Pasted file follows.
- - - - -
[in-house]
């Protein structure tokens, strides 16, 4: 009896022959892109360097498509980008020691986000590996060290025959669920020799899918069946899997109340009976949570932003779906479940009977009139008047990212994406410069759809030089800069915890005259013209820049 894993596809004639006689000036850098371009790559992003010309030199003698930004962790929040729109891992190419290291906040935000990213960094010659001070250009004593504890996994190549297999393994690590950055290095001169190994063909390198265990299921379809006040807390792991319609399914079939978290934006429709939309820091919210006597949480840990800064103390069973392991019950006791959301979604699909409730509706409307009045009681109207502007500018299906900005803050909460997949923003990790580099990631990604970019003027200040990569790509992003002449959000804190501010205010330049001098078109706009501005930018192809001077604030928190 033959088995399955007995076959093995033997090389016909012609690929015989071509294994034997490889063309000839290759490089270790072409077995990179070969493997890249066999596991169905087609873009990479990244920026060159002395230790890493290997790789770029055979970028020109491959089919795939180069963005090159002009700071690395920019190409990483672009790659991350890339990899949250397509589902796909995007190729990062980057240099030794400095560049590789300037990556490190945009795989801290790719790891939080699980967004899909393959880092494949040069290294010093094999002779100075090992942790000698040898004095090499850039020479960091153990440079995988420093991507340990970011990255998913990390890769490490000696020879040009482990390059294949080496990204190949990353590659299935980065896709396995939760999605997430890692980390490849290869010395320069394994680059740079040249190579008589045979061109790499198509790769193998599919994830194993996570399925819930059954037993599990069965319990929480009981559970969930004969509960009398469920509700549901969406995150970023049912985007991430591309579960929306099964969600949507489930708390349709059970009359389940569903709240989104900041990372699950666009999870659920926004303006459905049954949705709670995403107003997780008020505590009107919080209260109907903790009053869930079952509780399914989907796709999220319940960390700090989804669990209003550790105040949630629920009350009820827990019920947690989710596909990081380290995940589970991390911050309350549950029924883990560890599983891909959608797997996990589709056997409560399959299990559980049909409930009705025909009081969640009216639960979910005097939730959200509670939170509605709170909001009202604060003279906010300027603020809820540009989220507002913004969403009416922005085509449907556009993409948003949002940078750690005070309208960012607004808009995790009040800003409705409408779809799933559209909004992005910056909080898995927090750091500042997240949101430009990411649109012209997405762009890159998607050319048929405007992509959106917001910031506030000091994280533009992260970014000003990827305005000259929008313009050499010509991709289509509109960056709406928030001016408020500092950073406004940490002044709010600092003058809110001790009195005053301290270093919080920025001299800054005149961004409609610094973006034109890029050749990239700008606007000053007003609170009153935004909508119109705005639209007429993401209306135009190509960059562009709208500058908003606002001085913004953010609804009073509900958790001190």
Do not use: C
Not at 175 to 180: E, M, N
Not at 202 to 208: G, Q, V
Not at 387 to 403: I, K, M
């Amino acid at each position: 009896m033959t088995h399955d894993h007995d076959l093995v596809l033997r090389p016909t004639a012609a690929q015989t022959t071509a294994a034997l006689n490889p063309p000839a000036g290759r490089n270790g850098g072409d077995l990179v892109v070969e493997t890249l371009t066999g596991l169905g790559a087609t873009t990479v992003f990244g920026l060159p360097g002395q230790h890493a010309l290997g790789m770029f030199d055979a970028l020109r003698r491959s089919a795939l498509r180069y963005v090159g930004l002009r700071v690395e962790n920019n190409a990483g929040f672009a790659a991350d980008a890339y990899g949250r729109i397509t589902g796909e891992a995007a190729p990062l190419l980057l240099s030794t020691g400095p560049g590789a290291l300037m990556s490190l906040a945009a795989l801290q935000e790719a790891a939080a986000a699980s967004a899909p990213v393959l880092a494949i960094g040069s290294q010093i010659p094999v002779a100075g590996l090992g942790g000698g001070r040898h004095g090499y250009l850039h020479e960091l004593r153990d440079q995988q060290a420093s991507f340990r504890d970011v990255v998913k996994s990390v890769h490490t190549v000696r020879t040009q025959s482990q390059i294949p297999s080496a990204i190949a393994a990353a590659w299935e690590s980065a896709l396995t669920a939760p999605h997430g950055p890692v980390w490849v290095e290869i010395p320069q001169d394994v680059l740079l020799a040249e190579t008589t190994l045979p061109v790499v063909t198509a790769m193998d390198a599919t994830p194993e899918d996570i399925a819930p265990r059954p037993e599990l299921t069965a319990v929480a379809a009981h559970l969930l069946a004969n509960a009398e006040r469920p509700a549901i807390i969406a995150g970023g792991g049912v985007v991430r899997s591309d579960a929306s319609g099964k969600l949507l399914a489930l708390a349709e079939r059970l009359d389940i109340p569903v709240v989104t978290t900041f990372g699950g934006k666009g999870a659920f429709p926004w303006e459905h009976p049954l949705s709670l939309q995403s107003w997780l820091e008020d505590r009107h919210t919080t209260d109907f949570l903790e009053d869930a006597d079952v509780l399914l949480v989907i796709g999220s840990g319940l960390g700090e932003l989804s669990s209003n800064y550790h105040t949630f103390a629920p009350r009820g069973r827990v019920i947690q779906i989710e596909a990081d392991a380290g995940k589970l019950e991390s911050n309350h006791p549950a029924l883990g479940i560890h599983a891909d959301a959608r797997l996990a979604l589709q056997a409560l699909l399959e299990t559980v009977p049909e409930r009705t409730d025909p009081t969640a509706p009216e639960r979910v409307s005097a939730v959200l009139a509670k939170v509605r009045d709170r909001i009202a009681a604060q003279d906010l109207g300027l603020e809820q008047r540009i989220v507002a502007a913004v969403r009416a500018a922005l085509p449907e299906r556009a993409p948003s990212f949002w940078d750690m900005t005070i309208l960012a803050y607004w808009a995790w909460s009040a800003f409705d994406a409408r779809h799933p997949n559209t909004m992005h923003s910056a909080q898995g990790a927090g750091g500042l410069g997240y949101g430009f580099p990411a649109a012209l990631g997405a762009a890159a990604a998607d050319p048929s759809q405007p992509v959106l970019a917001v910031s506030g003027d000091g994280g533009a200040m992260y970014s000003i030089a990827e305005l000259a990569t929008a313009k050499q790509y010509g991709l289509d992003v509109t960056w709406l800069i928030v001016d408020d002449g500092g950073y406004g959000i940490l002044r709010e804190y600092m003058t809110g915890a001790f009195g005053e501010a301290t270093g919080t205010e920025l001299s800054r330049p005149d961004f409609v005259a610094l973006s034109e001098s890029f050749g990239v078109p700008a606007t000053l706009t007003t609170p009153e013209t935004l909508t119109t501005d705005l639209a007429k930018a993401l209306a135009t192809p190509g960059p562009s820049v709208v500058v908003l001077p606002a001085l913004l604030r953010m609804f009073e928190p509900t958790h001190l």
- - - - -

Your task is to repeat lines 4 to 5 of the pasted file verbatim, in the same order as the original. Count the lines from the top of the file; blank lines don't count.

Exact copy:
Not at 175 to 180: E, M, N
Not at 202 to 208: G, Q, V